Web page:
Competing with IE

 
 
By Libe Goad  |  Posted 2005-08-04 Email Print this article Print
 
 
 
 
 
 
 


As for truly competing with Microsofts Internet Explorer browser, analysts speculate thats not going to happen anytime soon. However, Howe said that Mozillas browser, Firefox, and its advanced features, like tabbed browsing and tight security, have reminded the tech giant that browsers are a very competitive space.
Microsoft has responded by putting some of the same features into its upcoming Internet Explorer 8, which Howe said means that people have been paying attention to Firefox.
During the announcement, Mozilla said it was going to keep the nonprofit Mozilla Foundation around as well. The new corporate side will have its own board of directors, which will be appointed by the foundation. Though some say this move is nothing unusual, some also say this move was done so the company can save face in a the sometimes-fickle open-source community.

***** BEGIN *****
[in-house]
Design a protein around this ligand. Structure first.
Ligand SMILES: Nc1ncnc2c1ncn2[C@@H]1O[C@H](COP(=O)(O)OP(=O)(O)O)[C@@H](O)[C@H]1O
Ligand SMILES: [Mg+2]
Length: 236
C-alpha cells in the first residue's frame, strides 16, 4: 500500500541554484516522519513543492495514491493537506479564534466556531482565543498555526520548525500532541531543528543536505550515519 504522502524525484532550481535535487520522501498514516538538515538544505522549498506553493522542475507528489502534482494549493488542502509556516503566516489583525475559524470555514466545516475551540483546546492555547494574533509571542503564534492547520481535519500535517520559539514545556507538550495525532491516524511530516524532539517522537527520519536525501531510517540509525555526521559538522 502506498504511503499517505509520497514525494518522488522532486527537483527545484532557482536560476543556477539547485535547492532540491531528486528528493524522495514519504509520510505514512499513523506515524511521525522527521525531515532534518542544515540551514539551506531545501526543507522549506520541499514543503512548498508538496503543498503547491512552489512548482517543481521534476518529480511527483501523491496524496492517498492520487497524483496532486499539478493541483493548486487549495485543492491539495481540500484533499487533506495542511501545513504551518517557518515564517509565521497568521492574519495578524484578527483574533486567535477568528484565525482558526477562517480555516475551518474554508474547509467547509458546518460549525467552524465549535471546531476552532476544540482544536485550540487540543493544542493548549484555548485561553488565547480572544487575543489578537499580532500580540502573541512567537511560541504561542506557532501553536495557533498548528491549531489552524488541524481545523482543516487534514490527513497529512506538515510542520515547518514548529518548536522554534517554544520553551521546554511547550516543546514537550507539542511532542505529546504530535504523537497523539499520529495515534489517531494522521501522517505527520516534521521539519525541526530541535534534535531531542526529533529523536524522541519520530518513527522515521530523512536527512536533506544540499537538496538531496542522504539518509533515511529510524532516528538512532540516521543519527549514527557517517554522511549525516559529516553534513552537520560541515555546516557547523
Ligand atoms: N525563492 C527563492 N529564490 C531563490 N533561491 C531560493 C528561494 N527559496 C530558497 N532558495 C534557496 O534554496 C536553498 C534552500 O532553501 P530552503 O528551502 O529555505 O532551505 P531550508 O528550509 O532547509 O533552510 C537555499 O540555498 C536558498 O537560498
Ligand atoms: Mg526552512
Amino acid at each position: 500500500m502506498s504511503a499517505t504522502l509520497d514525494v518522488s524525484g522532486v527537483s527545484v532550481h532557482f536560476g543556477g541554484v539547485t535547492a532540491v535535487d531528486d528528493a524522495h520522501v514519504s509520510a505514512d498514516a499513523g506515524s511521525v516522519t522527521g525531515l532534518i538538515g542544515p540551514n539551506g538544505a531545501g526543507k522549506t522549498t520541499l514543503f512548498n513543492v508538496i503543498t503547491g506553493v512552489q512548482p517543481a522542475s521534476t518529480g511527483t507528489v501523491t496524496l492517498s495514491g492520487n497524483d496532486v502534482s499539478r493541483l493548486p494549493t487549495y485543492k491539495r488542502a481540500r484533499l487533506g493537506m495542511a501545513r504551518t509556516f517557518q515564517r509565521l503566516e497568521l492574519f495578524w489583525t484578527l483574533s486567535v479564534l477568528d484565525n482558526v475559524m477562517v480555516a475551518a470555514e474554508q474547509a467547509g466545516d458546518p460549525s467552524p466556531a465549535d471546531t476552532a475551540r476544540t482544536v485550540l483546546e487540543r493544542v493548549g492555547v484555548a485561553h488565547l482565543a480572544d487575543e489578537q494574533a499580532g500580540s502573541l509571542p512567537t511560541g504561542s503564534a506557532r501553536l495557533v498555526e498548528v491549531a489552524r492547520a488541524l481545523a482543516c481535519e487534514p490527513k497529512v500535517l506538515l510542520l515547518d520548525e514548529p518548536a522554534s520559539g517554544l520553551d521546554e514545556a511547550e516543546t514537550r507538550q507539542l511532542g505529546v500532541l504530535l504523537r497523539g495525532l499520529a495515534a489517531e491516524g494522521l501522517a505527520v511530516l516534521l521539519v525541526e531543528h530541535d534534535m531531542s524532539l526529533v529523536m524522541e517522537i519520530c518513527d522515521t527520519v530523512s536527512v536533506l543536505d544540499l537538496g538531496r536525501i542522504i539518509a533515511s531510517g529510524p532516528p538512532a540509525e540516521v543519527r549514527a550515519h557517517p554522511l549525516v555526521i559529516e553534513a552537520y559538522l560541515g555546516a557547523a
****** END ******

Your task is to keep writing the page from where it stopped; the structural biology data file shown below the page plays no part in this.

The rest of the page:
However, no one really thinks new corporate Mozilla would cause a real backlash in the open-source world, aside from a handful of purists on the fringe. Searching the Web backs that up; only a few have said much in the negative. After the news was announced, a fervent debate erupted on the open-source news site Slashdot.org. Click here to read more about the Mozilla shift from columnist David Coursey. Many of the comments were, again, positive, but some insist that corporations, even ones backed by good intentions, can never be trusted to uphold the open-source code of honor. One message board poster mentions the free art and "skin" site, deviantART and points out that once it went corporate, the corporation forced out one of the two original founders. "The lesson of deviantART is that once the corporation starts pursuing profits, and this becomes more important than the community, the origins of the foundation and the original purpose and driving force of the community may become lost," the message read. The analysts agreed that few open-source advocates would share this opinion, but Valdes said the for-profit Mozilla Corp. could potentially leech resources from the nonprofit Mozilla Foundation, especially in terms of staff numbers. "The foundation will have skeleton staff, and the for-profit will have five or 10 times the number of staff," he said. "But I wouldnt put too much meaning into that — my reading is that theyre using that to create a legal structure that will allow them to better accomplish their goals." Check out eWEEK.coms for the latest open-source news, reviews and analysis.


 
 
 
 
 
 
 
 
 
 
 

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